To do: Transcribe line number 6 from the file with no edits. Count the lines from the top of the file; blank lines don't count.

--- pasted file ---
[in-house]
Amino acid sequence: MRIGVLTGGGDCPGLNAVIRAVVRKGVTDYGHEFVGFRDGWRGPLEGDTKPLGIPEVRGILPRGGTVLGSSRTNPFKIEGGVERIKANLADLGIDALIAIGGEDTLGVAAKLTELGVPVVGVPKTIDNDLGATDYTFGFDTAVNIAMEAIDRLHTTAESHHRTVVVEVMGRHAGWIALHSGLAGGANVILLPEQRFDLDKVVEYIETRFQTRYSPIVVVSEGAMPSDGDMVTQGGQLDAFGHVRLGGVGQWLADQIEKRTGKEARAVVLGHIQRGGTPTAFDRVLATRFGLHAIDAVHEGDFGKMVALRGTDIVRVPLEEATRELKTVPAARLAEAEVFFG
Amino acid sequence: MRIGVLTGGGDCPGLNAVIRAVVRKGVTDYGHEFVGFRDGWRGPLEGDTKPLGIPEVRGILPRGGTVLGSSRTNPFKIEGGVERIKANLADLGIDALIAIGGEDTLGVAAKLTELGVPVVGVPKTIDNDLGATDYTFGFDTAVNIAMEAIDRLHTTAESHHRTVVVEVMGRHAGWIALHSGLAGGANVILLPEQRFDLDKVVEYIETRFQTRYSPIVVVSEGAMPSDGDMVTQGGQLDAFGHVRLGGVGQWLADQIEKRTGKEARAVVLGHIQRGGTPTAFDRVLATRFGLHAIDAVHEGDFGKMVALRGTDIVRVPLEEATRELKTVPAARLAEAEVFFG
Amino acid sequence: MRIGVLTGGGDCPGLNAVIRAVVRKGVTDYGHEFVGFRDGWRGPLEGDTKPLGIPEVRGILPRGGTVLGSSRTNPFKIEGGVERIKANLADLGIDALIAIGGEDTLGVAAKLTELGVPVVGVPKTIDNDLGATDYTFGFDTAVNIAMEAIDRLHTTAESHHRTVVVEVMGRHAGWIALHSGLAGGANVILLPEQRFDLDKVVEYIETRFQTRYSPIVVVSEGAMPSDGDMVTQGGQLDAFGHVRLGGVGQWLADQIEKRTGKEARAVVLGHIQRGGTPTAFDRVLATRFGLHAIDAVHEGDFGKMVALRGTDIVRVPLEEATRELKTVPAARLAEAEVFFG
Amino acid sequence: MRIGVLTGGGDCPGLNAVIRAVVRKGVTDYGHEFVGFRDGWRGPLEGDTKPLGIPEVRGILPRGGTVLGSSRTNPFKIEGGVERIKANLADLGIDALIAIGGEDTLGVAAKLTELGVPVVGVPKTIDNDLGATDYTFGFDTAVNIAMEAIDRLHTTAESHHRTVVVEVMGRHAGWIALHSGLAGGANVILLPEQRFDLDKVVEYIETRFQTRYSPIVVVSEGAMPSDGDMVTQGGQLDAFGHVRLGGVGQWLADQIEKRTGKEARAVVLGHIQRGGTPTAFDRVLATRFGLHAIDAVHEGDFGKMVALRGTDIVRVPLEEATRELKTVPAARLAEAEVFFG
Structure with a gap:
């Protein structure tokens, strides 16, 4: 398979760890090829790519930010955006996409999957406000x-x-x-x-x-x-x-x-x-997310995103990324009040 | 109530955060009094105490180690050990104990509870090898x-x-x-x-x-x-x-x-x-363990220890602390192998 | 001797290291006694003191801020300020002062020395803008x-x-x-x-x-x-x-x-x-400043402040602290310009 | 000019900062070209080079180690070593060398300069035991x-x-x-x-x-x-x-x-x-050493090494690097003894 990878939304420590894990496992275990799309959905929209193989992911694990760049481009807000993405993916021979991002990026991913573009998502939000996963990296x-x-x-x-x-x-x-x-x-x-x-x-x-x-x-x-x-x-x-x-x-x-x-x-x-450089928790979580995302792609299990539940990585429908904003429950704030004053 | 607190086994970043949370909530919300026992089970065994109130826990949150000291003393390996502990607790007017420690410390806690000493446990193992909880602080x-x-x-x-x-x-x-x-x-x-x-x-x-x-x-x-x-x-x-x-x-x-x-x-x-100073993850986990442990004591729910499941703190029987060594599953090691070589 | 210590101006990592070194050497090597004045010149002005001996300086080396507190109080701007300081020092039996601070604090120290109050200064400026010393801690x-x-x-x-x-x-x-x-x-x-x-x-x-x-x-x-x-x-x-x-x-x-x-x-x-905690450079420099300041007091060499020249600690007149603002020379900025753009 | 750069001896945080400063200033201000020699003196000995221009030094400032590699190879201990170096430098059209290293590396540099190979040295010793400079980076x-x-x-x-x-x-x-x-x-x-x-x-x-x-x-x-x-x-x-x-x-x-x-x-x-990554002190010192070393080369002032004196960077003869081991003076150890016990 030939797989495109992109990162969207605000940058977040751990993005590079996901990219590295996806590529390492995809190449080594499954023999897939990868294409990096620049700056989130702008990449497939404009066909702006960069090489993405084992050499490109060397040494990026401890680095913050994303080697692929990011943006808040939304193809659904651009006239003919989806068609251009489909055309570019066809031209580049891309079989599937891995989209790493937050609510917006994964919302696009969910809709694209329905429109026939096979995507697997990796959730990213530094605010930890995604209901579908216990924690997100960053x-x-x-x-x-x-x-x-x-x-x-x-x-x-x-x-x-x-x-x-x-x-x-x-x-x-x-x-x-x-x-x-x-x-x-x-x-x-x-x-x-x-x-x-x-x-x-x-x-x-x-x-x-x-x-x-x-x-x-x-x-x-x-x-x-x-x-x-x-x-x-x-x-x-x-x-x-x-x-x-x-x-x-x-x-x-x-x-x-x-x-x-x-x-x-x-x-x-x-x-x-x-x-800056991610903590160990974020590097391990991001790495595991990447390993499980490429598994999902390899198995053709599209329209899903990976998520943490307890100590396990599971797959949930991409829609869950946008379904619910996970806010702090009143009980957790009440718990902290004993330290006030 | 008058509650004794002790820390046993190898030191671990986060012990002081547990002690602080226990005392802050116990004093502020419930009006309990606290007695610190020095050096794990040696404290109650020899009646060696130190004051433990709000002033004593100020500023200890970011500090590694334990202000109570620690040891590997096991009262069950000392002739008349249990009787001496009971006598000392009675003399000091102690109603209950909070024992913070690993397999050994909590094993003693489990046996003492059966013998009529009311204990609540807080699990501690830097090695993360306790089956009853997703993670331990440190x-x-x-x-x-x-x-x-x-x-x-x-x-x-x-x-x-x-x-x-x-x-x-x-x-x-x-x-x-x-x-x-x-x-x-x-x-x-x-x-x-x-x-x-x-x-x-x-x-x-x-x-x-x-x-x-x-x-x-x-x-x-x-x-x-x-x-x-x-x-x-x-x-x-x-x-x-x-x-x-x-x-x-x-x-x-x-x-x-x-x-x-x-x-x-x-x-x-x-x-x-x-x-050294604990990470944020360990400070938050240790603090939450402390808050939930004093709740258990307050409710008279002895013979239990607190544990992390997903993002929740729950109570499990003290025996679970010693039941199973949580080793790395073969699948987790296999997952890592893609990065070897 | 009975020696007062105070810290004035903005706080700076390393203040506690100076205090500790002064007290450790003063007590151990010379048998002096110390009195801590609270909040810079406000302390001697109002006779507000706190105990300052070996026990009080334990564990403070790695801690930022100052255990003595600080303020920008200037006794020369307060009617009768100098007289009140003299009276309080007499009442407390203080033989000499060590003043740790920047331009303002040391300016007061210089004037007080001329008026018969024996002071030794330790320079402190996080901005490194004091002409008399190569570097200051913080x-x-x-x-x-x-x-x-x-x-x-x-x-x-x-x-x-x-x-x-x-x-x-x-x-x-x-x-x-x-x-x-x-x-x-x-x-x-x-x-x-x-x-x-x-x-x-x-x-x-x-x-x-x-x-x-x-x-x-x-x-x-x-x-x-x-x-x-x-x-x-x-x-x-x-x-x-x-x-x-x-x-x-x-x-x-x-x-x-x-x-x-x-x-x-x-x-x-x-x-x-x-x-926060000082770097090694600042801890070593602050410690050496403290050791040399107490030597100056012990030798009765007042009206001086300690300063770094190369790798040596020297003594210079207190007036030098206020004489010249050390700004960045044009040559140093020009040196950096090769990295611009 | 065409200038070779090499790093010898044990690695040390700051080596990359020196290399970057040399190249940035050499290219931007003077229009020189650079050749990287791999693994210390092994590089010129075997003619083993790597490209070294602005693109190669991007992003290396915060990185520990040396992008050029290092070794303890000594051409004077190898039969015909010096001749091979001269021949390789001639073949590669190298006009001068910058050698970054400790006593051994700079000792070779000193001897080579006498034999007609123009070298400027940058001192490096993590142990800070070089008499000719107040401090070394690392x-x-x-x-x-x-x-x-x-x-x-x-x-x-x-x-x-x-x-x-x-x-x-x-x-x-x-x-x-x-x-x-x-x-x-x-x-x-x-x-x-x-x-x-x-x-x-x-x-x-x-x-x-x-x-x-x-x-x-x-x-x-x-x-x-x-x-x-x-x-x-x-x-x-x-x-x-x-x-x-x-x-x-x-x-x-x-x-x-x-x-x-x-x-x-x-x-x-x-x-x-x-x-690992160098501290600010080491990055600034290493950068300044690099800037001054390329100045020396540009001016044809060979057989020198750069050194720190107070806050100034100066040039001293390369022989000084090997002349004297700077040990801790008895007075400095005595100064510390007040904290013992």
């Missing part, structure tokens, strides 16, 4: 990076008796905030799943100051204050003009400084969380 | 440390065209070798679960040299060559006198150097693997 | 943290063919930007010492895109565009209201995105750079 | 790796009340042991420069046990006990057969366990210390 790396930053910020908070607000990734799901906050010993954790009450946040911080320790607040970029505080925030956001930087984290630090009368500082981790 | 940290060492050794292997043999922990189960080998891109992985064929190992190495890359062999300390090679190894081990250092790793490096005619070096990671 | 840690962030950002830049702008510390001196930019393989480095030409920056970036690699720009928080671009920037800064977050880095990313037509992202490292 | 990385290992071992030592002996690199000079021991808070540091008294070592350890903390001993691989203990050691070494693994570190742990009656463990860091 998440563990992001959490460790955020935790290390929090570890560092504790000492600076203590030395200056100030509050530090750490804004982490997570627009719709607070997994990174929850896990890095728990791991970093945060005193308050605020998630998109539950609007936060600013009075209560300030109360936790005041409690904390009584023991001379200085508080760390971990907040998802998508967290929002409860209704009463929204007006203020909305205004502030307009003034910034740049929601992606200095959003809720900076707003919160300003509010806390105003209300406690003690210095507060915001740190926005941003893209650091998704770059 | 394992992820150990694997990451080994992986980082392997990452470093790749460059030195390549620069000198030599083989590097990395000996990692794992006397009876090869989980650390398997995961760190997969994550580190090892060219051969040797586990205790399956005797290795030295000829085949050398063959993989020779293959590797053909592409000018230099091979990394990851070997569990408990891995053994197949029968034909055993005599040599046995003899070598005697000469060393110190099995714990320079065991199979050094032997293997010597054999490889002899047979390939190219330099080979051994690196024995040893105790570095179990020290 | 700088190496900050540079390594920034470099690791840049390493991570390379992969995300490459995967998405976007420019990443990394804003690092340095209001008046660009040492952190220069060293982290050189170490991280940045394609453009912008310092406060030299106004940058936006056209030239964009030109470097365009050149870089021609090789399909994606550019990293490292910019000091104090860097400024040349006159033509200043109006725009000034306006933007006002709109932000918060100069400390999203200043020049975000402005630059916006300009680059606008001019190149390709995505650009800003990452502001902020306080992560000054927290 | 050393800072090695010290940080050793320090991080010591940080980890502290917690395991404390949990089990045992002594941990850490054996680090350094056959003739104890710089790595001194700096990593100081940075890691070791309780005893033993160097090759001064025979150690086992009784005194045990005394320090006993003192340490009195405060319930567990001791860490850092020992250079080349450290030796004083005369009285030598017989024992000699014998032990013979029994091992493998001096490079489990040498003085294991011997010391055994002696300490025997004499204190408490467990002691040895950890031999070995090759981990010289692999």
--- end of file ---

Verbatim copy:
Structure with a gap: